11 Neighbor Joining vs. UPGMA Tree From Felsenstein, Inferring Phylogenies NJ Selec4on Criterion Let C = {1,, n} be current clusters/leaves. Define: u i = k D(i, k). Goal: Minimize D(i, j) and maximize u i + u j. Soluon: Find pair (i, j) that minimizes: S D (i, j) = (n 2) D(i, j) u i u j Claim: Given addi4ve matrix D. S D (x, y) = mins D (i, j) if and only if x and y are neighbors in tree T with d T = D. Proof
12 Why Neighbor joining? If D is addi4ve then neighbor joining produces the unique* phylogene4c tree T such that d T = D. (Consistency) *up to isomorphism If D is non addi4ve, then neighbor joining performs well. Why Neighbor joining? For a distance matrices D and D define error (l norm) by D D = max D ij D ij. Input: A non addi4ve matrix D. Output: Tree S that is closest to D in the sense that D S D is minimized. 12
13 Why Neighbor joining? For a distance matrices D and D define error (l norm) by D D = max D ij D ij. Suppose there is a true tree T with addi4ve matrix D = d T. We measure a perturbed matrix D and run NJ on D obtaining a tree T. How different can D and D be and s4ll obtain T = T? Theorem (AIeson 1999) If D D ½ (shortest edge in T), then NJ applied to D reconstructs T. Compact Addi4ve Trees Compact Addive Tree Problem Given an n x n distance matrix, determine if there is an addi4ve tree for D with exactly n ver4ces? Note: Not a usual phylogene4c problem, since we are given data about ancestors. 13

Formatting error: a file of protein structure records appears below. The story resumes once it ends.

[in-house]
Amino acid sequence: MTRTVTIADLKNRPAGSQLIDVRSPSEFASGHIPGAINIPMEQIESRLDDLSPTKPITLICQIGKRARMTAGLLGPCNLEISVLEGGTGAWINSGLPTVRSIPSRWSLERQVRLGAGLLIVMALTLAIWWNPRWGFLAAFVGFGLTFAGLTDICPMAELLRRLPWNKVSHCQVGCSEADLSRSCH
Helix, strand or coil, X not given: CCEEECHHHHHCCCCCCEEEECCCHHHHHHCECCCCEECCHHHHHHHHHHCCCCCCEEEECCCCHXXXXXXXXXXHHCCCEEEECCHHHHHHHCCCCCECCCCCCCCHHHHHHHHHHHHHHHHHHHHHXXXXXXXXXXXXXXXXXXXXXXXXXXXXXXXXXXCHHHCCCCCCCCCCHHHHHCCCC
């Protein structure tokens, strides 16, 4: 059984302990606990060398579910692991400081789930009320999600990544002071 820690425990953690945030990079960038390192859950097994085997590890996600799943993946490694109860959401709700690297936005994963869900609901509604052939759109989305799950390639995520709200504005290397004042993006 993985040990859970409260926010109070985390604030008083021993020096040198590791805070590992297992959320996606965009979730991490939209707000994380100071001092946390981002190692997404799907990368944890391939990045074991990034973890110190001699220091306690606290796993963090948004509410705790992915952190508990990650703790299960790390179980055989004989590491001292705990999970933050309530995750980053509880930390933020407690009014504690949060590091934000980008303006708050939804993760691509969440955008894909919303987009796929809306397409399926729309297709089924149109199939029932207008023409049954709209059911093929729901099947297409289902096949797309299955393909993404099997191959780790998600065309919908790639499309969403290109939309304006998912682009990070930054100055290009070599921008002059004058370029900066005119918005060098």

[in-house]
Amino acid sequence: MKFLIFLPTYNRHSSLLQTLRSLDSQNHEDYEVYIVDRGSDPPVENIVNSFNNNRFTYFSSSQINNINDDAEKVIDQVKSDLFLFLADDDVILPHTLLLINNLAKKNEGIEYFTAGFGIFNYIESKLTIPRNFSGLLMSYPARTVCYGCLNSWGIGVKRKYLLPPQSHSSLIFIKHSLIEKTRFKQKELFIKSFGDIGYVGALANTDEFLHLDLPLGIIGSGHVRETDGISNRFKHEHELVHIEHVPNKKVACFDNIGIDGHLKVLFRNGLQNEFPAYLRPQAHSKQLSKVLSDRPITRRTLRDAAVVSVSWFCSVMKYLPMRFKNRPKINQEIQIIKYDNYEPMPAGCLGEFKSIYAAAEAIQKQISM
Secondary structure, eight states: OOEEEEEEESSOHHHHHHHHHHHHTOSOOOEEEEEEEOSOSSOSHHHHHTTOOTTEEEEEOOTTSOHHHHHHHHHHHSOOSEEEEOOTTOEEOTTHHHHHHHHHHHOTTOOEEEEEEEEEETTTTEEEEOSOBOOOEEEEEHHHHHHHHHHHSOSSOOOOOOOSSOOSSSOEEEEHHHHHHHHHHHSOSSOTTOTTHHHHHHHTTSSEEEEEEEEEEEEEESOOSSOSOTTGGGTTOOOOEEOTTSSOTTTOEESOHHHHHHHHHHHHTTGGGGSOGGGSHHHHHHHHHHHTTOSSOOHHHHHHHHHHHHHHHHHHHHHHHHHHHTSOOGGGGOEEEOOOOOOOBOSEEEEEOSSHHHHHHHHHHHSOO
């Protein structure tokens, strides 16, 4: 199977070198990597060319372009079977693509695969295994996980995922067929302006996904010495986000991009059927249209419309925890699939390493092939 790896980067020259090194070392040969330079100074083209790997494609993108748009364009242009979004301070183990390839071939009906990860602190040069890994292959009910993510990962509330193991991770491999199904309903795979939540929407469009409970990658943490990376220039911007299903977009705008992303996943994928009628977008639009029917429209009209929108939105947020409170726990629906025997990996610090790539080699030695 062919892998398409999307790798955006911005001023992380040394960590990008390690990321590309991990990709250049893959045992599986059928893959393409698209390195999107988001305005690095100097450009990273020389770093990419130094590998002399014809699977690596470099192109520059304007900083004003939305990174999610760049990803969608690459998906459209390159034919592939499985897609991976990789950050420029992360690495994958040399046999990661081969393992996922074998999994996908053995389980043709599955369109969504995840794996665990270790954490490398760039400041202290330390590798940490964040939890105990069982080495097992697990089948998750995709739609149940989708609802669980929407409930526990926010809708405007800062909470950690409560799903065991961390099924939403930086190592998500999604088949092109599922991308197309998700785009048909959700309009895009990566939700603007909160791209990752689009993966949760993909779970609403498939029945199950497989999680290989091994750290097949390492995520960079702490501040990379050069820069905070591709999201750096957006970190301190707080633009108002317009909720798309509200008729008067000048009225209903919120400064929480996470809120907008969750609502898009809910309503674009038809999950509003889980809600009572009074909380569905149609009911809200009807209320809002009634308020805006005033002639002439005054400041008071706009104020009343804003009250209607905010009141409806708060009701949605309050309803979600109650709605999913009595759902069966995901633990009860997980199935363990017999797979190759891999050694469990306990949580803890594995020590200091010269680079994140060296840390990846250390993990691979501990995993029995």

14 Compact Addi4ve Trees Compact Addive Tree Problem Given an n x n distance matrix, determine if there is an addi4ve tree for D with exactly n ver4ces? Let G(D) be the complete graph with edge weights w( (i,j) ) = D ij. Theorem: If there is a compact addi4ve tree for D, then T must be the unique minimum spanning tree of G(D). Recall: A spanning tree is a tree containing all ver4ces. Minimum spanning tree has the least total weight. Algorithm Summary Distance based Parsimony Probabilis4c Method Input Output Neighbor Joining Distance matrix D T (addi4ve), B UPGMA Distance matrix D T (ultrametric), B Sankoff s & Fitch s Alg. Characters, T A, B Perfect Phylogeny Characters A, B, T Felsenstein Characters, T, B A T = tree topology B = branch lengths A = ancestral states 14